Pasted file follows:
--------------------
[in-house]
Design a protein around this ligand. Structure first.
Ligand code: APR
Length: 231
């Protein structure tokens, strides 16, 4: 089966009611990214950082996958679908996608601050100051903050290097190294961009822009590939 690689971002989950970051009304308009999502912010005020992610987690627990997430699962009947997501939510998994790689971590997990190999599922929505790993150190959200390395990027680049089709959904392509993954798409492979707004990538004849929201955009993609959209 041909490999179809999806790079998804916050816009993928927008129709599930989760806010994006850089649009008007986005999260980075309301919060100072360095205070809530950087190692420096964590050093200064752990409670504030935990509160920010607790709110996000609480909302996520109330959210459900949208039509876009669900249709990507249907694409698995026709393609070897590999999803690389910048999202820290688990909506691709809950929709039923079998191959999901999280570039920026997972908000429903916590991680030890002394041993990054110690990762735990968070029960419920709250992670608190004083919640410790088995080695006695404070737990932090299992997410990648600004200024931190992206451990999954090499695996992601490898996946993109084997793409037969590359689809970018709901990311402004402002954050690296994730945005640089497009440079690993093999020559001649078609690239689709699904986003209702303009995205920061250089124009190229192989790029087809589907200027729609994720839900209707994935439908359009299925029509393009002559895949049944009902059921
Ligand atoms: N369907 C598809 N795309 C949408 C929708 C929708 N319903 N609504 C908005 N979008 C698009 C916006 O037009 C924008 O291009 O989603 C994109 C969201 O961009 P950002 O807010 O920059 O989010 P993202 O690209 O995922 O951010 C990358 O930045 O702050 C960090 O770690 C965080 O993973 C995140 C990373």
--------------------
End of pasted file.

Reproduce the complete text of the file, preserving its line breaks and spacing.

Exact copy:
[in-house]
Design a protein around this ligand. Structure first.
Ligand code: APR
Length: 231
């Protein structure tokens, strides 16, 4: 089966009611990214950082996958679908996608601050100051903050290097190294961009822009590939 690689971002989950970051009304308009999502912010005020992610987690627990997430699962009947997501939510998994790689971590997990190999599922929505790993150190959200390395990027680049089709959904392509993954798409492979707004990538004849929201955009993609959209 041909490999179809999806790079998804916050816009993928927008129709599930989760806010994006850089649009008007986005999260980075309301919060100072360095205070809530950087190692420096964590050093200064752990409670504030935990509160920010607790709110996000609480909302996520109330959210459900949208039509876009669900249709990507249907694409698995026709393609070897590999999803690389910048999202820290688990909506691709809950929709039923079998191959999901999280570039920026997972908000429903916590991680030890002394041993990054110690990762735990968070029960419920709250992670608190004083919640410790088995080695006695404070737990932090299992997410990648600004200024931190992206451990999954090499695996992601490898996946993109084997793409037969590359689809970018709901990311402004402002954050690296994730945005640089497009440079690993093999020559001649078609690239689709699904986003209702303009995205920061250089124009190229192989790029087809589907200027729609994720839900209707994935439908359009299925029509393009002559895949049944009902059921
Ligand atoms: N369907 C598809 N795309 C949408 C929708 C929708 N319903 N609504 C908005 N979008 C698009 C916006 O037009 C924008 O291009 O989603 C994109 C969201 O961009 P950002 O807010 O920059 O989010 P993202 O690209 O995922 O951010 C990358 O930045 O702050 C960090 O770690 C965080 O993973 C995140 C990373």